How often do you have meals together as a family? “Very often. We always eat together. Ronnie doesn’t like it when the family members are not complete. It’s a family practice being observed ever since. That’s why the kids too look forward to every meal and the food being served”.
Benefits of regular family mealtime: “The bond is established. We get closer and you get to know each other well. We share stories, opinions and the lessons we learned, be it in school or in our daily lives. It’s a perfect time to impart moral and spiritual values. Since we talk anything under the sun, you get to know the views, the outlook of each family member. The kids grow up really fast and you will be surprised on how they view things. Since Ronnie is a comic, we always have a good laugh no matter how draining or stressed our day was”.
Mealtime topics: (Ronnie) “People we meet and the activities we do in relation to our work; (Joy) “We talk about anything”; (Taryn) “BJ, our Chihuahua, how he reacts every time we eat meaty meals” and (Thyra) “We usually talk about what we do in school.”
What do you wish to achieve by having regular family meals? “We wish to impart this to our children; that they would give importance to each family meal they would share together. When they grow up and have a family of their own, they would hopefully practice the same. One of the reasons why there are so many broken family relationships nowadays is because the family doesn’t just miss praying together but they do not eat together anymore especially while the kids are still small.”
Aquinos’ appetite for life
Parents: Miguel Luis Aquino, 45 (businessman) and Mylene Yap-Aquino, 40 (businesswoman)
Children: Marianne Louise, 16 (1st year college) and Miguel Mariano, 11 (grade 5)
Family activities: “We love to travel together, go to the mall and beach and eat out”.
How often do you have meals together as a family? “Because of the good quality of life in Davao, I’m so glad that our family gets to eat together for lunch and dinner everyday”.
Benefits of regular family mealtime: “It makes us closer as a family. It’s the best time for us to talk and really have a good conversation.”
Mealtime topics: “We discuss the news, current events, sports, entertainment, past experiences, travels, problems, etc.”.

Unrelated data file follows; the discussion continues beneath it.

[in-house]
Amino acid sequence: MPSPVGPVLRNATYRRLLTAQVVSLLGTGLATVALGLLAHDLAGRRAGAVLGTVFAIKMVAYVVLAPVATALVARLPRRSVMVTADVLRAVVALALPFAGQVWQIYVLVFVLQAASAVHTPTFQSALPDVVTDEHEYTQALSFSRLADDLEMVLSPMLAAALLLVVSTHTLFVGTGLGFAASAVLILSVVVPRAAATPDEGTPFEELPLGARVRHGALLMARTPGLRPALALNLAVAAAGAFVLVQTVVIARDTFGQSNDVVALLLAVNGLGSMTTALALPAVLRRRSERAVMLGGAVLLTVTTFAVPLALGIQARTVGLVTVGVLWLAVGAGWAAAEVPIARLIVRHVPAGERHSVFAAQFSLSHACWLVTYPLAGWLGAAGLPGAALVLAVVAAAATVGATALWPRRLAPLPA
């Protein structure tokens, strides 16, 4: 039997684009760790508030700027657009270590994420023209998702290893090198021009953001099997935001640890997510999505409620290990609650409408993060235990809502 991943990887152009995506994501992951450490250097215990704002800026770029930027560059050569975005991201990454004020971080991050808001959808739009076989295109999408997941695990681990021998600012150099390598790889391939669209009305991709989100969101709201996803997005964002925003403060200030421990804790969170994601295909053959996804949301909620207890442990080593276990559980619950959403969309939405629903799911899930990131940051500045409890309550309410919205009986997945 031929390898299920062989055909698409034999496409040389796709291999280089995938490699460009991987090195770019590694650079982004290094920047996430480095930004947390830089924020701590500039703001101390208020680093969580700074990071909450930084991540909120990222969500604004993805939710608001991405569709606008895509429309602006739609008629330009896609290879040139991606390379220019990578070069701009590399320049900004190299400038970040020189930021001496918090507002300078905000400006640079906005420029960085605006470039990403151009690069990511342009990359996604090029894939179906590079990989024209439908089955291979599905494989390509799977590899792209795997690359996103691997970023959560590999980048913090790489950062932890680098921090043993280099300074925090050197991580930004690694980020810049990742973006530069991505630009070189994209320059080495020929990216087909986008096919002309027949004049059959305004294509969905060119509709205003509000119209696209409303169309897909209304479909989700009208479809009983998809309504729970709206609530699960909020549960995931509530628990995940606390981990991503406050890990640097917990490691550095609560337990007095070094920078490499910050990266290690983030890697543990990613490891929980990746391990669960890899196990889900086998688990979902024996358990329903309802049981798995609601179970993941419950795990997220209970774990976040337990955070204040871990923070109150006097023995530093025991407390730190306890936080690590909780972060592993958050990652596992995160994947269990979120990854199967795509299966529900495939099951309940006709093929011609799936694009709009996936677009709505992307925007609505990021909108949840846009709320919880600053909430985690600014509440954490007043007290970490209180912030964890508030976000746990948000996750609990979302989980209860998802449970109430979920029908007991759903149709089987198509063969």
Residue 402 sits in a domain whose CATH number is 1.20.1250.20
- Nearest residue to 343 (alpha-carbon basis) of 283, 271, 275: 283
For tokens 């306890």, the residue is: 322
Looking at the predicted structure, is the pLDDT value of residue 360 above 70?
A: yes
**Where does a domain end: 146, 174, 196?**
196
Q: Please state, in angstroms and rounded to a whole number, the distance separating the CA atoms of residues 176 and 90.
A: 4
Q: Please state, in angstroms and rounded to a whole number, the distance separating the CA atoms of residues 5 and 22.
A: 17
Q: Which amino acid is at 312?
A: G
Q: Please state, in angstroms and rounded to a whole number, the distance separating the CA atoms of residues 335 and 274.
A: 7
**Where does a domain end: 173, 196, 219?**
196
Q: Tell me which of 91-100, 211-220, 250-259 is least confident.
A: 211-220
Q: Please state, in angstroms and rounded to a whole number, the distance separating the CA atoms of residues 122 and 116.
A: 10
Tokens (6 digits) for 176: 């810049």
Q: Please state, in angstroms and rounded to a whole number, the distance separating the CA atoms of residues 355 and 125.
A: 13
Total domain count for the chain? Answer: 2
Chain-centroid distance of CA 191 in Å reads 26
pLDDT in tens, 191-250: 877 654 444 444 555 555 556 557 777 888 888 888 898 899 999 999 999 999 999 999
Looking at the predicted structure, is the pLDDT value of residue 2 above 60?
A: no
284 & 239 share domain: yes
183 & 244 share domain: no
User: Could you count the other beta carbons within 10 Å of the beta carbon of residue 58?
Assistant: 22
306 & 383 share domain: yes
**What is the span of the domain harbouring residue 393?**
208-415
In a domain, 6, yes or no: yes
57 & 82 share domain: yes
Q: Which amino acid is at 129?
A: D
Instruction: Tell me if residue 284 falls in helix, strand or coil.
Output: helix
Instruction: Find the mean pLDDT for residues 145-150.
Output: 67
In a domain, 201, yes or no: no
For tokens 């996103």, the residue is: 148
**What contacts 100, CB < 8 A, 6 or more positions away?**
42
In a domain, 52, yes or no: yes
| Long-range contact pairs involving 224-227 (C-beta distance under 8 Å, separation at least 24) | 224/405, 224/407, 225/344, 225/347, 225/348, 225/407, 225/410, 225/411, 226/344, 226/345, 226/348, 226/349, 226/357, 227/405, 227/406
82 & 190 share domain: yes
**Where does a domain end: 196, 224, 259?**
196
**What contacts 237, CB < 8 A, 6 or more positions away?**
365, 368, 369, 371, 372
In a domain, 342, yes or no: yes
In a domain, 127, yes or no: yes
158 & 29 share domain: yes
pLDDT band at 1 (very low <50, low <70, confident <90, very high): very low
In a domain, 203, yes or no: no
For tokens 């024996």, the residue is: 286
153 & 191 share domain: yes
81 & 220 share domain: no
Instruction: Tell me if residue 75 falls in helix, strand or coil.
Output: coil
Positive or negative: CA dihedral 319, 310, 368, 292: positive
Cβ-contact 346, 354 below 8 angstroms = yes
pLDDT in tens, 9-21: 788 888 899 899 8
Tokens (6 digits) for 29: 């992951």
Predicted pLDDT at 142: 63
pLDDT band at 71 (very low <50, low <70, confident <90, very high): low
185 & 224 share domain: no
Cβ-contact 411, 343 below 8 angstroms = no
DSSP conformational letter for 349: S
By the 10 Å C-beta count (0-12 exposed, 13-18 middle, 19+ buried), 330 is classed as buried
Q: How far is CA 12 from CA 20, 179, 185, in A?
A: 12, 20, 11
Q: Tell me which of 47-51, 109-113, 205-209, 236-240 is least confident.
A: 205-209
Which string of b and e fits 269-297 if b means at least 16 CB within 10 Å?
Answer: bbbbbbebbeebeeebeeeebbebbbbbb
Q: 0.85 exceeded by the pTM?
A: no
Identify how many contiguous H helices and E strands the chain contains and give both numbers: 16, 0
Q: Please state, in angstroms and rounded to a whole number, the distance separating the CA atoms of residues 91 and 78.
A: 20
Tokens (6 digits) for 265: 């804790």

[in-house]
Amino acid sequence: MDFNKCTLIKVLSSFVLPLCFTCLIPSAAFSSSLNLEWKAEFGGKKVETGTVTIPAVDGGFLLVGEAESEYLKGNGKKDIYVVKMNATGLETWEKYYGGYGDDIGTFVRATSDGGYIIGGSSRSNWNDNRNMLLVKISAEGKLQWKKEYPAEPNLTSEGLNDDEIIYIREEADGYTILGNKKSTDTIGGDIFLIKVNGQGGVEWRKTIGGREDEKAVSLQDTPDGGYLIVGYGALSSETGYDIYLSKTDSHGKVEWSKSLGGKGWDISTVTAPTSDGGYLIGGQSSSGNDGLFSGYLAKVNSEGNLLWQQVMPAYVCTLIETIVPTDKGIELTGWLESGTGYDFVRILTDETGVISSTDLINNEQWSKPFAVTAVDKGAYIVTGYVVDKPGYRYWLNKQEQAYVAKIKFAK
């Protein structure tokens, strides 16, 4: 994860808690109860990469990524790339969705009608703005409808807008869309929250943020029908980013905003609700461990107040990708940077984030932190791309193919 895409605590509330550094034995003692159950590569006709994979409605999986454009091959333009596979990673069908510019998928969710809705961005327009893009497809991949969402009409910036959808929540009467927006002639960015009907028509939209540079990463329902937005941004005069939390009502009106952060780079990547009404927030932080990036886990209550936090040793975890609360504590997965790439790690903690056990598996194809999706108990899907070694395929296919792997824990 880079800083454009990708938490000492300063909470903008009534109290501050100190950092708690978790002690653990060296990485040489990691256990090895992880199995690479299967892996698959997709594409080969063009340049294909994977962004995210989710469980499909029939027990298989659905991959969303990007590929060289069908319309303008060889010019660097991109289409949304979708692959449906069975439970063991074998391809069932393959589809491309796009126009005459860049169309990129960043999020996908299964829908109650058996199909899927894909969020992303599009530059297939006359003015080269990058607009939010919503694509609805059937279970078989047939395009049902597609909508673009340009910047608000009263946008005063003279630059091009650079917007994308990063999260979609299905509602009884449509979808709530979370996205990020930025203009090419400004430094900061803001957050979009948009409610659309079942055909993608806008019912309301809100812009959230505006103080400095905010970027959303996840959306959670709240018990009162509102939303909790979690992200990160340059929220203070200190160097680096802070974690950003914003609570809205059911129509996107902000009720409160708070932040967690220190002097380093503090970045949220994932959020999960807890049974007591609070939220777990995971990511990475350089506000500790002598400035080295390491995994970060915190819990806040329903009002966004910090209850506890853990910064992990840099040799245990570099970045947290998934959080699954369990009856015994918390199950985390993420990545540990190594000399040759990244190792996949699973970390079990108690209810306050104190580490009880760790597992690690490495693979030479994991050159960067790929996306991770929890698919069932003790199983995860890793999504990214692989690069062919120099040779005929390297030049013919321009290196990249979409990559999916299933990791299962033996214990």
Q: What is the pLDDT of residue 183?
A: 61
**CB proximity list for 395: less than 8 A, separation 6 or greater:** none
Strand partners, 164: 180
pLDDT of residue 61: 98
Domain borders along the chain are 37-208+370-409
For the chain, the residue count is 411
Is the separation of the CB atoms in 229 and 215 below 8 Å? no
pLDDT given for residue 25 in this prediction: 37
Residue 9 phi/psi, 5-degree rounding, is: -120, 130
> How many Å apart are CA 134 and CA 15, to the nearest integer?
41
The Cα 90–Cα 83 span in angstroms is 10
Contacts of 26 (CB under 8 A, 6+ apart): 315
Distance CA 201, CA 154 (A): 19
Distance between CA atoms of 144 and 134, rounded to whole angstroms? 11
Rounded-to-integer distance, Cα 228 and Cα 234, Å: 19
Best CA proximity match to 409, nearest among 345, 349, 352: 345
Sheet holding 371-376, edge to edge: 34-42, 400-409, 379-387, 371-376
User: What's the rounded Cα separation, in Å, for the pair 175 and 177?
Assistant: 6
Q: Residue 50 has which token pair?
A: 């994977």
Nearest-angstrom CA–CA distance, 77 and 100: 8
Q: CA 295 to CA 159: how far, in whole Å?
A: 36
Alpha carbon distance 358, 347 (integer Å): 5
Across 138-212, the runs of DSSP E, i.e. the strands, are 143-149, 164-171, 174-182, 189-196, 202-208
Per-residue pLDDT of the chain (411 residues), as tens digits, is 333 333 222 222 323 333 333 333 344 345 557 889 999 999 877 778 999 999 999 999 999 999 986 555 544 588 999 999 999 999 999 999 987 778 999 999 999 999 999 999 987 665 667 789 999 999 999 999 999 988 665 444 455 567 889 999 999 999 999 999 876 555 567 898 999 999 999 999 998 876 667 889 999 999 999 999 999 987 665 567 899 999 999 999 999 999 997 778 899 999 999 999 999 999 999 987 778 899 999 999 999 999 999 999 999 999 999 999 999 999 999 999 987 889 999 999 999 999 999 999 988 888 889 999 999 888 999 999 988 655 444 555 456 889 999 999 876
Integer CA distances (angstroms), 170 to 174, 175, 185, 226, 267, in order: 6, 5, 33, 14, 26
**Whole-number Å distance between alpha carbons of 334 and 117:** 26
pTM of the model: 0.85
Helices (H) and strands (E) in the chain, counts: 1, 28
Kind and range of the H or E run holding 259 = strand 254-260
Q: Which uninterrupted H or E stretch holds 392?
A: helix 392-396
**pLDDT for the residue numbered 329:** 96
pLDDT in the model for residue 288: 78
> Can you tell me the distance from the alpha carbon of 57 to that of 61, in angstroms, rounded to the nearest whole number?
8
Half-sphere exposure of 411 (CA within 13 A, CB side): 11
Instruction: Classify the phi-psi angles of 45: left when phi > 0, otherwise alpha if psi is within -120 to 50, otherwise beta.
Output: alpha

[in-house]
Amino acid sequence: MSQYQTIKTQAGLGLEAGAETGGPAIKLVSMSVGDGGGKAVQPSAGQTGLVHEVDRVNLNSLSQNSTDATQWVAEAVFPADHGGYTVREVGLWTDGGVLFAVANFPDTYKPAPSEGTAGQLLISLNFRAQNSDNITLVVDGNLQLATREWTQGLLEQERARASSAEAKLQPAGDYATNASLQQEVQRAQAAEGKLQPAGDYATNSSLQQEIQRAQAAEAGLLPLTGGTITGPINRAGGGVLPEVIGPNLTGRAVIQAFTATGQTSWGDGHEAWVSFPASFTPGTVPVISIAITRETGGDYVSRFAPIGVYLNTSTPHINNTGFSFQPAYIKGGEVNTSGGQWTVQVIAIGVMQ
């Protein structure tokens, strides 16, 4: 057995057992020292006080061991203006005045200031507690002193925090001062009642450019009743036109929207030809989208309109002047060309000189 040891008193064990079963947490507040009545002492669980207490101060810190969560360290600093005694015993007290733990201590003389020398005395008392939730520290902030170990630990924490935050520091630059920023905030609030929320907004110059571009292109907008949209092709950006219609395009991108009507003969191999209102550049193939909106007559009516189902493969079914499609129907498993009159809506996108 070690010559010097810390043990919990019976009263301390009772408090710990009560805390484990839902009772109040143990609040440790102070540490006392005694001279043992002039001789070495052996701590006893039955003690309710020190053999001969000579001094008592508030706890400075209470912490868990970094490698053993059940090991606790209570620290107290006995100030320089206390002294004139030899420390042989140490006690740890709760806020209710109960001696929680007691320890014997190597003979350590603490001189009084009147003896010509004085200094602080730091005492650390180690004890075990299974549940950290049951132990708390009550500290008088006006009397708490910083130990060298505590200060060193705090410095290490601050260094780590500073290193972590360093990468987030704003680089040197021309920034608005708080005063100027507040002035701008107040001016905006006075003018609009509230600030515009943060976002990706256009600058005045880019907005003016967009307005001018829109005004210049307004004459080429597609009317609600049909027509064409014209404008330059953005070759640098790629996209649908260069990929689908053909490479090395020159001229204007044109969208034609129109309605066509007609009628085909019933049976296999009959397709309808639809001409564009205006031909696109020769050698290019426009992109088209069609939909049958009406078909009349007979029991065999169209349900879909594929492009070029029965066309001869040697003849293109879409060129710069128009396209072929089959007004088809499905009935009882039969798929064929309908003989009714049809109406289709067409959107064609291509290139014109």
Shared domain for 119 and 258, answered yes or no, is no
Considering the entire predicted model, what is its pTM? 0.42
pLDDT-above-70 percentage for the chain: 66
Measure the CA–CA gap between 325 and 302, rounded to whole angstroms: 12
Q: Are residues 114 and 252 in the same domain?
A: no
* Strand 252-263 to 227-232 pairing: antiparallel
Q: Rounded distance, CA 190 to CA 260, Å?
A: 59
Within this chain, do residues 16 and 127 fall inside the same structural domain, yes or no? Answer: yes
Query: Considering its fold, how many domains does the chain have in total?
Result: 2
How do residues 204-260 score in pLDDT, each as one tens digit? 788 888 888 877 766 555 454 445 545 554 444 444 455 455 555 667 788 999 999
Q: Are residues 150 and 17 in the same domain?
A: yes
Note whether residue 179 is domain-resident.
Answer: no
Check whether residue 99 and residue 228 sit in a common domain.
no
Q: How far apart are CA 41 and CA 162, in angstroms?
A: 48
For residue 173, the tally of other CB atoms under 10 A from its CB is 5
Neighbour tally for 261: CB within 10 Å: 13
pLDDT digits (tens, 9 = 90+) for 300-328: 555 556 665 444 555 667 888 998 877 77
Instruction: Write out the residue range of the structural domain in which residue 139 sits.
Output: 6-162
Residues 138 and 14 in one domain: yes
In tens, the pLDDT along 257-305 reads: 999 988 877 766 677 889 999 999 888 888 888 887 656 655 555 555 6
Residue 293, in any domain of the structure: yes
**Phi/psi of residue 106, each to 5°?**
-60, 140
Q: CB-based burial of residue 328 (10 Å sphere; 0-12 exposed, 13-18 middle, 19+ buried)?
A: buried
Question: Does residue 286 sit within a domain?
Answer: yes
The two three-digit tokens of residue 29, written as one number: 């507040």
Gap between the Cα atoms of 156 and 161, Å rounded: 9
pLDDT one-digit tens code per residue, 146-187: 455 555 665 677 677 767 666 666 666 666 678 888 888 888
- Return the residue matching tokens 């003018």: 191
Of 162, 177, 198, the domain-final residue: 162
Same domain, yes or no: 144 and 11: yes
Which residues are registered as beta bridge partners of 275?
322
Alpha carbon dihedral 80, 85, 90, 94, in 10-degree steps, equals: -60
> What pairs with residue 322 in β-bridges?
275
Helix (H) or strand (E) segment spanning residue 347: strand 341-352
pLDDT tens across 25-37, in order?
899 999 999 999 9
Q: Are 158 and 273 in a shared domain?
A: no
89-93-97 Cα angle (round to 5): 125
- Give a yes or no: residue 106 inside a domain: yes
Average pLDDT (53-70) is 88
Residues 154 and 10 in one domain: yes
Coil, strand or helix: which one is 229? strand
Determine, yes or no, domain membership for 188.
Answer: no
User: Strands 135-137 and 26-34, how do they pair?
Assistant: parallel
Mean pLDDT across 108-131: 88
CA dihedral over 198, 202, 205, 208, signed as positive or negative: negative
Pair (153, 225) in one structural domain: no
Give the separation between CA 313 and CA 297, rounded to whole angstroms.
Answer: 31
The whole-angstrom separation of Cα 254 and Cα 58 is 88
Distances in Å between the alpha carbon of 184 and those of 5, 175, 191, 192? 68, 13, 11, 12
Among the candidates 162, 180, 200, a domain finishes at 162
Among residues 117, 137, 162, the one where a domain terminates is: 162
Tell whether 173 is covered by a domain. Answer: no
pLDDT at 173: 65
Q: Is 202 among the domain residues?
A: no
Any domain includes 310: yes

What do you wish to achieve by having regular family meals? We would like to cherish being together as a family, sharing stories and laughing at each other’s jokes; to be able to open up and keep no secrets from each other.”
Wongs on whipping up meals and conversations
Parents: Christopher Wong, Jr., 40 (supervisor) and Charisse Roque-Wong, 35 (housewife)
Children: Nicole Kyra , 11 (grade 5) and Zoe Andrea, 8 (grade 2)
Favorite family activities: “Watching DVDs; road trips; eating out and going to the beach”
How often do you have meals together as a family? “Because of the daily grind, it’s mostly breakfast and dinner on weekdays and the whole three meals on Sundays. They say that television is a conversation killer when placed in the dining room. I beg to disagree. Our family loves to eat, and we also love to converse. We have a television in our dining room and on some nights, our eyes are locked on the TV screen and, as we watch our favorite television shows, we progressively discuss what is going on, and when the girls ask why some particular events happened, we explain to them in a way that they can understand.”
Benefits of regular family mealtime: “We get to spend time with each other. Togetherness is very important to us. We get to see how our children are developing as mature individuals. In addition, we get to introduce new tastes and cuisines to our children. By eating together, we have the chance to explain to the kids why a particular dish tastes a certain way and the cultural highlights of where the dish originates from”.